In a world obsessed with scouting reports and matchups and silencing critics, it's a unique way of looking at things. And it may be that attitude, as much as his innovative offense, that may help Kelly succeed where so many others have failed.
Nick Saban. Dennis Erickson. Lou Holtz. Steve Spurrier. History is littered with cautionary tales of very successful college coaches who bombed after jumping to the professional ranks.
He's bounced back before
With each loss in Philadelphia, the pressure seems to be mounting on Kelly. But those Eagles who have been with him before say it's nothing like the pressure Kelly faced after his first game in Oregon.
Kelly, a relatively unknown assistant in New Hampshire, had served two years as an offensive coordinator in Oregon before he was promoted to head coach in 2009. His debut was a nationally televised game against Boise State. Not only did his offense look dreadful in a 19-8 loss, but after the game, Ducks running back LeGarrette Blount punched a Boise State player.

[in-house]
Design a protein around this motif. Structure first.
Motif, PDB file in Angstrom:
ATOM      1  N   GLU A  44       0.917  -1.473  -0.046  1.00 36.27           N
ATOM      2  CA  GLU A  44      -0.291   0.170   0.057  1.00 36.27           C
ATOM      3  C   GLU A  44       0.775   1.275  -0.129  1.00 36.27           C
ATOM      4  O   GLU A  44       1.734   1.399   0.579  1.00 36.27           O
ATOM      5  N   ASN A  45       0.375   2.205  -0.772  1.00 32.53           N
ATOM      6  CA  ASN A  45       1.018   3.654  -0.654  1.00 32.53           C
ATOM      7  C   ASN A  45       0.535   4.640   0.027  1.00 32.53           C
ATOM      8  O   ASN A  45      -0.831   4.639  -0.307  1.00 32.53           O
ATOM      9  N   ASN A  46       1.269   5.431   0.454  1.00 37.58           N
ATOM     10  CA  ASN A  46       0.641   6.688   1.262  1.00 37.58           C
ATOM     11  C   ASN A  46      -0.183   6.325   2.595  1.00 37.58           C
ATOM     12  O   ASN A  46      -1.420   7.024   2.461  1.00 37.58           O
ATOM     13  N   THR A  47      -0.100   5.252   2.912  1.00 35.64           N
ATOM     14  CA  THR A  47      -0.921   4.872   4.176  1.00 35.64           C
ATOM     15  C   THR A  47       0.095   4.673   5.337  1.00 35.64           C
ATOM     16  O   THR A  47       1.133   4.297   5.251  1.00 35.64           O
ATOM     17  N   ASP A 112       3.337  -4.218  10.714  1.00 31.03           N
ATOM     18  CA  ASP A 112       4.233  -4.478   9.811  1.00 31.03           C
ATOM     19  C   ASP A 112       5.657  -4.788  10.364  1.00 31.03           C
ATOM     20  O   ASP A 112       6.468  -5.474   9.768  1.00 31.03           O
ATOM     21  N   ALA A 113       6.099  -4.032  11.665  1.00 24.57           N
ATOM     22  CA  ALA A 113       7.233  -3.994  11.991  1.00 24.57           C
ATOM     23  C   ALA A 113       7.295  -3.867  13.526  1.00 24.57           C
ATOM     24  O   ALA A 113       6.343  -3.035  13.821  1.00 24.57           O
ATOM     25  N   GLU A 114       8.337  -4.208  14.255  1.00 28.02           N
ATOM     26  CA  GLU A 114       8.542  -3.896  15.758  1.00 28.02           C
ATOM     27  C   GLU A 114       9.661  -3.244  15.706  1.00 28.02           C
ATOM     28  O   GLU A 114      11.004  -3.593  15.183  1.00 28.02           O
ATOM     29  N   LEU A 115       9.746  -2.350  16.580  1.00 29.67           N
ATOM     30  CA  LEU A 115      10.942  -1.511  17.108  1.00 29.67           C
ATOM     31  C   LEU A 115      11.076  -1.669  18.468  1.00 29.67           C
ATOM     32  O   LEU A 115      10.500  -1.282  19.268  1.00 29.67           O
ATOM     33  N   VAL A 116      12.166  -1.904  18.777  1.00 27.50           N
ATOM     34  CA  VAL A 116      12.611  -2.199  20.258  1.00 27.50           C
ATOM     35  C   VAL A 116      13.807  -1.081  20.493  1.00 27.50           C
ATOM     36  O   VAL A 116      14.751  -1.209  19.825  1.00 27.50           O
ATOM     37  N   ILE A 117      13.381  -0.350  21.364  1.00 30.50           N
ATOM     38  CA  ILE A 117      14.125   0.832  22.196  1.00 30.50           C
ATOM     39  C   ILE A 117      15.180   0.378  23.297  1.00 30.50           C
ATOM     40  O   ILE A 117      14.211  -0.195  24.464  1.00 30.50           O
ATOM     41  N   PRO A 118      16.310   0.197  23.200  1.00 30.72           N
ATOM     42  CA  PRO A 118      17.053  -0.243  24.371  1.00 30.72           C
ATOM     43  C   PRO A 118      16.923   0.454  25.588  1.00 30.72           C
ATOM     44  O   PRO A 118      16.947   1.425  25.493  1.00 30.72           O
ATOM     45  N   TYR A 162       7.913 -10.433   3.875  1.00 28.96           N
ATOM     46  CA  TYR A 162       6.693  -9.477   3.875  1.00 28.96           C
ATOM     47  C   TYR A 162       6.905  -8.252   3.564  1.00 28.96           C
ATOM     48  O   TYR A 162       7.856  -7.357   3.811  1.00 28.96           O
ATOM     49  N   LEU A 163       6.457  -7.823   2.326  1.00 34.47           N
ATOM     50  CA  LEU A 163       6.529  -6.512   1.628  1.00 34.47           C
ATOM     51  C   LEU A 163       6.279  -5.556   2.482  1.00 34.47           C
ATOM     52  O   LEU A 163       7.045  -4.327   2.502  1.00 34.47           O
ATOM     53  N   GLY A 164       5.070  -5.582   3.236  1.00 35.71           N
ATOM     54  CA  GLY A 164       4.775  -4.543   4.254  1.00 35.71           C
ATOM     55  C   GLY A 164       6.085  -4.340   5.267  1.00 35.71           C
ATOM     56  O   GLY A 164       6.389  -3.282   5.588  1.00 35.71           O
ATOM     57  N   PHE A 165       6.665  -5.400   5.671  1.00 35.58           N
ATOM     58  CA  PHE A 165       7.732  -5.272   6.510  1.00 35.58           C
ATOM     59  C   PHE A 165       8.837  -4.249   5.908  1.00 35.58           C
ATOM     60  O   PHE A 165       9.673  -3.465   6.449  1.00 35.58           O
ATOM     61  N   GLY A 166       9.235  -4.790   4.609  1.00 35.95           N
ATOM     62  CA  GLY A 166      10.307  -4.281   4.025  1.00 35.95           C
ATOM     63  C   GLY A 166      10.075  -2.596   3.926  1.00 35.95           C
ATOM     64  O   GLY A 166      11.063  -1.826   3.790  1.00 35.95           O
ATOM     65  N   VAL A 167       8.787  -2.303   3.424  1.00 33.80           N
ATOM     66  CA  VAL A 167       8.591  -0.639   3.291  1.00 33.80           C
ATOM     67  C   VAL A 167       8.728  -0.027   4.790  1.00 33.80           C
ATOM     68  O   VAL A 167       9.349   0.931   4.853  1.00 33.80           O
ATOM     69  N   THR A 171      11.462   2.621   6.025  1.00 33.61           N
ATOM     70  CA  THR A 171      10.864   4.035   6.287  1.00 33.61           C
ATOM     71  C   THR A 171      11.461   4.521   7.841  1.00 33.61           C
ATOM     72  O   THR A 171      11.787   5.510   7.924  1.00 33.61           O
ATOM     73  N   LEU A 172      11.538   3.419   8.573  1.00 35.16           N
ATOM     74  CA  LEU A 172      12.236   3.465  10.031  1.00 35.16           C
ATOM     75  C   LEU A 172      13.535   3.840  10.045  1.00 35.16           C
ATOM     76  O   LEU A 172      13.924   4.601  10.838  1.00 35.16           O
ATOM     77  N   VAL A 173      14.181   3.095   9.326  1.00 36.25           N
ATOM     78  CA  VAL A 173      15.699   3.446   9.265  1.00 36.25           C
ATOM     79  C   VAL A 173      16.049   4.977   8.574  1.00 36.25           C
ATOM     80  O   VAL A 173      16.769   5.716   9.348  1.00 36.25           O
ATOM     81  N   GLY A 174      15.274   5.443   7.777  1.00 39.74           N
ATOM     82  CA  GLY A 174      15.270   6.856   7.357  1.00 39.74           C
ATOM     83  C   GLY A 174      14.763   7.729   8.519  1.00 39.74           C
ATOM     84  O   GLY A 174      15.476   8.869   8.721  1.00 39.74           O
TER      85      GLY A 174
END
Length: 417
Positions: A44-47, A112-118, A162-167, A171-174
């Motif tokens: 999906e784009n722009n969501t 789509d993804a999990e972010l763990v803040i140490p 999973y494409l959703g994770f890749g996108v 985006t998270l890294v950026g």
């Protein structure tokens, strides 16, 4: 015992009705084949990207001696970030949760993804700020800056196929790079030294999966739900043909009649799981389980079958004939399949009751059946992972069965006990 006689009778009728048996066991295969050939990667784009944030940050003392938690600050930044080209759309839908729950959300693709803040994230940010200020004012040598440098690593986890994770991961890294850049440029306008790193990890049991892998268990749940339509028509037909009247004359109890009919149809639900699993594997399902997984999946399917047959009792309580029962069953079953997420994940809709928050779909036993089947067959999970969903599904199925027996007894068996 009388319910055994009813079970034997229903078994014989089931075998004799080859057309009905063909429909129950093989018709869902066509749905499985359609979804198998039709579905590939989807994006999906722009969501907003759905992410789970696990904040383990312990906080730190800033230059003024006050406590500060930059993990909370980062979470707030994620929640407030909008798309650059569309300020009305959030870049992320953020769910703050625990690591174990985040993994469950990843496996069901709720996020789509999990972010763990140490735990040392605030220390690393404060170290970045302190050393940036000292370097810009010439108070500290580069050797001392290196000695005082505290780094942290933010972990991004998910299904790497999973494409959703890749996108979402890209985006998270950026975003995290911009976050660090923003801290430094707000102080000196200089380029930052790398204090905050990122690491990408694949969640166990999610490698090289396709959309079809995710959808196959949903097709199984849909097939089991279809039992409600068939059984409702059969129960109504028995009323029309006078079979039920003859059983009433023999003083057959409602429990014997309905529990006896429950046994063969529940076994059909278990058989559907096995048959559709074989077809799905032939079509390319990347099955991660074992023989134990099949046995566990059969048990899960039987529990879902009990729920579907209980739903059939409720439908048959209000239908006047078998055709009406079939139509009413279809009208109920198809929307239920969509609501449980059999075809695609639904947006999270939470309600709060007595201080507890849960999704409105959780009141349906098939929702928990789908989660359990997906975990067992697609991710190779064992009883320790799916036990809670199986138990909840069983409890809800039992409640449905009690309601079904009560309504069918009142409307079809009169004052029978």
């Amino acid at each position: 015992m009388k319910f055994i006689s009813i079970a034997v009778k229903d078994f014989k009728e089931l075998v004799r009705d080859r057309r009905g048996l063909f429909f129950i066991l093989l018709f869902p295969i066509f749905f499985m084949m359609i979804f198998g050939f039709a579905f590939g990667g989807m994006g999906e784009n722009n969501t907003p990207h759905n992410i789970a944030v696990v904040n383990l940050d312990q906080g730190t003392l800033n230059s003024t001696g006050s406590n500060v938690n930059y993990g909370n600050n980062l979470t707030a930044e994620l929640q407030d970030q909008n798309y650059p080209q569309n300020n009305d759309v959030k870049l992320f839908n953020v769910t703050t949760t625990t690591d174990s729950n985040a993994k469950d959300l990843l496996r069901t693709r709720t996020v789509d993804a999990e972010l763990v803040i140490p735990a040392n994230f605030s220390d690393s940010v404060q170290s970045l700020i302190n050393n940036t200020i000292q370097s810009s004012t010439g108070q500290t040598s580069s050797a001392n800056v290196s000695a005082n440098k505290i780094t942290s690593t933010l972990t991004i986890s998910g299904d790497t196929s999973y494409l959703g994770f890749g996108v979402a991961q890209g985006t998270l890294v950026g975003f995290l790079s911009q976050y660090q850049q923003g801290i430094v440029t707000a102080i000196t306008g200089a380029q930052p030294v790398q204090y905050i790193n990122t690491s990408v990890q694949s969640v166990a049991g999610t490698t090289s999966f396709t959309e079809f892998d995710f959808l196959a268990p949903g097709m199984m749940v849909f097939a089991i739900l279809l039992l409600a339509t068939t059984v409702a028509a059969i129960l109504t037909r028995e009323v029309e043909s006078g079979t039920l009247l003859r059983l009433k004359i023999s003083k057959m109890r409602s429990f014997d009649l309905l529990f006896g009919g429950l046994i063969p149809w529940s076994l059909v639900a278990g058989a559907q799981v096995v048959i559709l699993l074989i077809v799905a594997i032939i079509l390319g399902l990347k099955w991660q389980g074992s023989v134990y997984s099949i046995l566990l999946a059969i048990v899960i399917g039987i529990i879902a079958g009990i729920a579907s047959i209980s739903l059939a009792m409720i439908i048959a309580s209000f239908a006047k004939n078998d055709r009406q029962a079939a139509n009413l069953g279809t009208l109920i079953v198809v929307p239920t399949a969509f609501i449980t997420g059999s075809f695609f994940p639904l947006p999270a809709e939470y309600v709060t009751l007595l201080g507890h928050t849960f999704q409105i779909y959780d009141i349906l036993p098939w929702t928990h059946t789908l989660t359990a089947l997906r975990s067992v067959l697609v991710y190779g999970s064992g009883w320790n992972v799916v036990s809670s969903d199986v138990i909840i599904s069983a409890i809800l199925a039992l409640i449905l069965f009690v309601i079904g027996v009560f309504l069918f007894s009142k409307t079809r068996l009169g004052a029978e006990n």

"Here it was after his first game as a head coach and a lot of people were predicting he wouldn't make it past the first year," said Eagles linebacker Casey Matthews, who was on that Oregon team. "It was rough. There's no manual on how to deal with something like that, but he handled it well. He was the same guy after that game. He kept us together as a team and we won our next seven games."
Kelly, in fact, won 46 of his next 52 games after that loss. He also endeared himself to his players and college football fans with his composure, dedication and sense of humor.